TO: Gov. Perry put the task forces under DPS supervision. Does that solve the problem?
TK: That won’t do any good. DPS has a good narcotics operation. Generally they have had very good general orders and standard operating procedures. That’s the other thing I want to tell you. You run a narcotics operation with very strict standard operating procedures (SOPs) and I mean you run a tight ship. That was the intent in putting it under DPS throughout Texas. Let’s get some standard operating procedures and the stricter operations that comes with DPS oversight. Well, to some extent that was the right move, but it still won’t work because you have multiple agencies, usually rural law enforcement, [often] contributing inexperienced, untrained personnel to these operations. Even DPS can’t be expected to have the kind of supervision over these operations that will lead to accountability and expose them to the light of the day.
TO: If you abolish the task forces, what happens to rural narcotics enforcement?
TK: [The task forces] have failed to address rural narcotics problems. They were designed to do that. But they have not done that. Instead, they go to where the crime is, which is usually in the more populated areas, and simply run over the same ground that local law enforcement has already trod over. And the reason for that is because to a certain extent, it is revenue driven. And so there is a desire to get that revenue, so they go where the crime is. Well, the crime in many cases is not in the rural areas, so [the task forces] tend to gravitate toward the non-rural areas. So the very same people that say that they need this, for the rural enforcement, aren’t getting rural enforcement. And never will as long as this is the way they are structured.
This isn’t the same state that it was in the 1970s and it isn’t the state that it even was in the 1990s. We’ve come a long way on law enforcement in this state. Yes, we still have rural areas, but [rural sheriffs] would be infinitely better suited to coordinate narcotics operations with other agencies such as DPS. If they can point to a specific narcotics shortcoming in their jurisdiction, a rural area, then this money would be better spent attending to that narcotics situation in close coordination with that law enforcement agency rather than this pooling of several different rural agencies.
TO: How do you give cover to legislators who are worried about being seen as soft on crime?
TK: You tell legislators the truth, which is this: If you speak with narcotics investigators who come from large agencies with professional standards in Texas, they will tell you that [drug task force operations] are completely ineffective. You tell them that this is money down the drain that would be better spent by having these agencies coordinate efforts, not create rogue task force operations that are not accountable. [There] has been consistent scandal and malfeasance throughout the state and it is time for this experiment to end. And that’s what I will tell legislators. And my intent is to say that this money is not going to a sacred cow. This money will still be there.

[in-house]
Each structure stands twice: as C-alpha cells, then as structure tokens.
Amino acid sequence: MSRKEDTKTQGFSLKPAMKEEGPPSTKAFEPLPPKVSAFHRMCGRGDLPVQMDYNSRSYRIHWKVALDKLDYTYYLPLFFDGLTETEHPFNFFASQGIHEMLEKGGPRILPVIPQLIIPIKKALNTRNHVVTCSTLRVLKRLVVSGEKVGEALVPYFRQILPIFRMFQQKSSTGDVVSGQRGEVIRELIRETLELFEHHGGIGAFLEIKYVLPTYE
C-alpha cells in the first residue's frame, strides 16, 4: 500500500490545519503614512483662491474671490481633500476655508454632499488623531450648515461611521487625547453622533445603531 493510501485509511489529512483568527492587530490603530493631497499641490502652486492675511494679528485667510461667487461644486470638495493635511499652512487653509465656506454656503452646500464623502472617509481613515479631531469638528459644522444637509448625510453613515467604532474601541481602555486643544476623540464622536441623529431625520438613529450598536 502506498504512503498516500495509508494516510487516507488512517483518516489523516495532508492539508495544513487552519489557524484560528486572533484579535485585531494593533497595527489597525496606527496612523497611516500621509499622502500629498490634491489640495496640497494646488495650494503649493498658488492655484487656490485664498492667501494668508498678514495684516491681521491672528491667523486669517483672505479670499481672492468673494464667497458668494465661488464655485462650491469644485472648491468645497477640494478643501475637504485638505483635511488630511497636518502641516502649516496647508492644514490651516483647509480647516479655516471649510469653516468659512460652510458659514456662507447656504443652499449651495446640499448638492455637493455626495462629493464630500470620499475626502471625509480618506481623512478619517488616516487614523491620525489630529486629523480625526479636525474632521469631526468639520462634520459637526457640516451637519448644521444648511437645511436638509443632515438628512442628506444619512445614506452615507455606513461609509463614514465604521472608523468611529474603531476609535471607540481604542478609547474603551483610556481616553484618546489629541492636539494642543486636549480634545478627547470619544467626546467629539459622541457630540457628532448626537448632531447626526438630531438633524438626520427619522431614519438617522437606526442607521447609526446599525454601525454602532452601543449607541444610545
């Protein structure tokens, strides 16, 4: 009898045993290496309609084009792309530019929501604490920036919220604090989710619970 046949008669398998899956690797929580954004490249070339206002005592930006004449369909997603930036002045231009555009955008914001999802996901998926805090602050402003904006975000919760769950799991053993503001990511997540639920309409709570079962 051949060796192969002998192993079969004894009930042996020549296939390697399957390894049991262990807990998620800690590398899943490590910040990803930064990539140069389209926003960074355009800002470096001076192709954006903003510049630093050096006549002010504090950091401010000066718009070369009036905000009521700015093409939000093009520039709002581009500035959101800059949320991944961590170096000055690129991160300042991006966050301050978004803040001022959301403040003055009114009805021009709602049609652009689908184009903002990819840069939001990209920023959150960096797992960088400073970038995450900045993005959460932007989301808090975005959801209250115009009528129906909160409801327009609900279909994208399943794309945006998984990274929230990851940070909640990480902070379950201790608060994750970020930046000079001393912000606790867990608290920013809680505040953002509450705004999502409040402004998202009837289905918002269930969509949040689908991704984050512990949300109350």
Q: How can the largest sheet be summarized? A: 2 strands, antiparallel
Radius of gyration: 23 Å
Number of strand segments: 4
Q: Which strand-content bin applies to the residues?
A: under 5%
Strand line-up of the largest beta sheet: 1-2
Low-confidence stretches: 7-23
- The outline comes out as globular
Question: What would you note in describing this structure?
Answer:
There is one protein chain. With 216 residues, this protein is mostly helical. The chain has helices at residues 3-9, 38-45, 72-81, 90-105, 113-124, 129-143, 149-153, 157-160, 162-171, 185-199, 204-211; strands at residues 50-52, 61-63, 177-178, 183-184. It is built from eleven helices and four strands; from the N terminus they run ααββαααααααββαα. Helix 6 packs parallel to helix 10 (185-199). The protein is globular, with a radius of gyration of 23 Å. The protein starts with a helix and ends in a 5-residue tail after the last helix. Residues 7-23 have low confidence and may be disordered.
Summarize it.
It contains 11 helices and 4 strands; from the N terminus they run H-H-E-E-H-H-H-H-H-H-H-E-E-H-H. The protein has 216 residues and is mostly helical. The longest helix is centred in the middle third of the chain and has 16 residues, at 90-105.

TO: Do you think HB 801 will pass this session?
TK: I think it is going to pass because it’s the right thing to do. I know that right doesn’t always get things passed in the legislature, but this budget crisis is a unique opportunity for us. It is a blessing in disguise in some ways because we are going to look at some of the way we have been doing business in criminal justice and we are going to do things differently. And this is just one great example where we can save a couple of hundred million dollars by getting rid of something that we shouldn’t be doing anyway.
TO: What are some of the other things?
TK: We need to look at some of the sentencing that we are doing. We have an administrative license revocation on DWIs that needs to be flat out eliminated. We need to get that back to the judges who are determining probable cause in terms of allowing people to have or not have occupational licenses on criminal arrests. When the state government had a lot of money we created all these bureaucracies and some of them were not good, but they passed because [the attitude was] if it could be done, it was done. Now that we are looking for ways to save money, it is going to make us run a better operation. Now is the time. We may not have the opportunity to get rid of these things like the regional narcotics task forces except during lean times. It’s difficult when these types of things are created to get rid of them. There is a lot of money involved in this. You can buy a lot of toys with it. A lot of cars to be driven around and driven home. A lot of gas gets put in gas tanks. So it is going to be a difficult thing to get rid of. It’s a lot easier to create them. It will be an uphill battle, but I think it will be done.